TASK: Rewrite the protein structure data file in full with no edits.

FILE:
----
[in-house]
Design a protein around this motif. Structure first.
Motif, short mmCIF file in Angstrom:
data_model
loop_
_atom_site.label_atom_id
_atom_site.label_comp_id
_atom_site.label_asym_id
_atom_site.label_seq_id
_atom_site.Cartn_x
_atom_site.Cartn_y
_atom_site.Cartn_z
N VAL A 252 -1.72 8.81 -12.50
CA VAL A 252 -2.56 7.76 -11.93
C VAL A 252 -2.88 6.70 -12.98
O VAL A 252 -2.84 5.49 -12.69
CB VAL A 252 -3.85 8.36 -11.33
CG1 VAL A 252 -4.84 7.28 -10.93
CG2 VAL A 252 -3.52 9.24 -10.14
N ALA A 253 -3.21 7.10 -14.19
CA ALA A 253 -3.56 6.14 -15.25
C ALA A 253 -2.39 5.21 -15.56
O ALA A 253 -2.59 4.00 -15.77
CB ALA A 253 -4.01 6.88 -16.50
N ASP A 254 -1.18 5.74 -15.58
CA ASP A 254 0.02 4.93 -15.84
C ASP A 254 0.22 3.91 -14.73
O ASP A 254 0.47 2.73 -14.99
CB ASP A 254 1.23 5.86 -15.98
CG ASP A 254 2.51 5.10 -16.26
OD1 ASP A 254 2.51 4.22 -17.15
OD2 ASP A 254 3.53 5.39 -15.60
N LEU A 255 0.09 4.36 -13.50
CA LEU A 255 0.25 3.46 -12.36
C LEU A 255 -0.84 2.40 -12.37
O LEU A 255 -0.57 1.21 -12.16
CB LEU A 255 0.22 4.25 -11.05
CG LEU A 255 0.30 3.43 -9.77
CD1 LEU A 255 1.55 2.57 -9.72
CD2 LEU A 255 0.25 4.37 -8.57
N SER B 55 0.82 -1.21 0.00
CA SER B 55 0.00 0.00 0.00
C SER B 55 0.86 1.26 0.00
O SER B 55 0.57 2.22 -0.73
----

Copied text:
[in-house]
Design a protein around this motif. Structure first.
Motif, short mmCIF file in Angstrom:
data_model
loop_
_atom_site.label_atom_id
_atom_site.label_comp_id
_atom_site.label_asym_id
_atom_site.label_seq_id
_atom_site.Cartn_x
_atom_site.Cartn_y
_atom_site.Cartn_z
N VAL A 252 -1.72 8.81 -12.50
CA VAL A 252 -2.56 7.76 -11.93
C VAL A 252 -2.88 6.70 -12.98
O VAL A 252 -2.84 5.49 -12.69
CB VAL A 252 -3.85 8.36 -11.33
CG1 VAL A 252 -4.84 7.28 -10.93
CG2 VAL A 252 -3.52 9.24 -10.14
N ALA A 253 -3.21 7.10 -14.19
CA ALA A 253 -3.56 6.14 -15.25
C ALA A 253 -2.39 5.21 -15.56
O ALA A 253 -2.59 4.00 -15.77
CB ALA A 253 -4.01 6.88 -16.50
N ASP A 254 -1.18 5.74 -15.58
CA ASP A 254 0.02 4.93 -15.84
C ASP A 254 0.22 3.91 -14.73
O ASP A 254 0.47 2.73 -14.99
CB ASP A 254 1.23 5.86 -15.98
CG ASP A 254 2.51 5.10 -16.26
OD1 ASP A 254 2.51 4.22 -17.15
OD2 ASP A 254 3.53 5.39 -15.60
N LEU A 255 0.09 4.36 -13.50
CA LEU A 255 0.25 3.46 -12.36
C LEU A 255 -0.84 2.40 -12.37
O LEU A 255 -0.57 1.21 -12.16
CB LEU A 255 0.22 4.25 -11.05
CG LEU A 255 0.30 3.43 -9.77
CD1 LEU A 255 1.55 2.57 -9.72
CD2 LEU A 255 0.25 4.37 -8.57
N SER B 55 0.82 -1.21 0.00
CA SER B 55 0.00 0.00 0.00
C SER B 55 0.86 1.26 0.00
O SER B 55 0.57 2.22 -0.73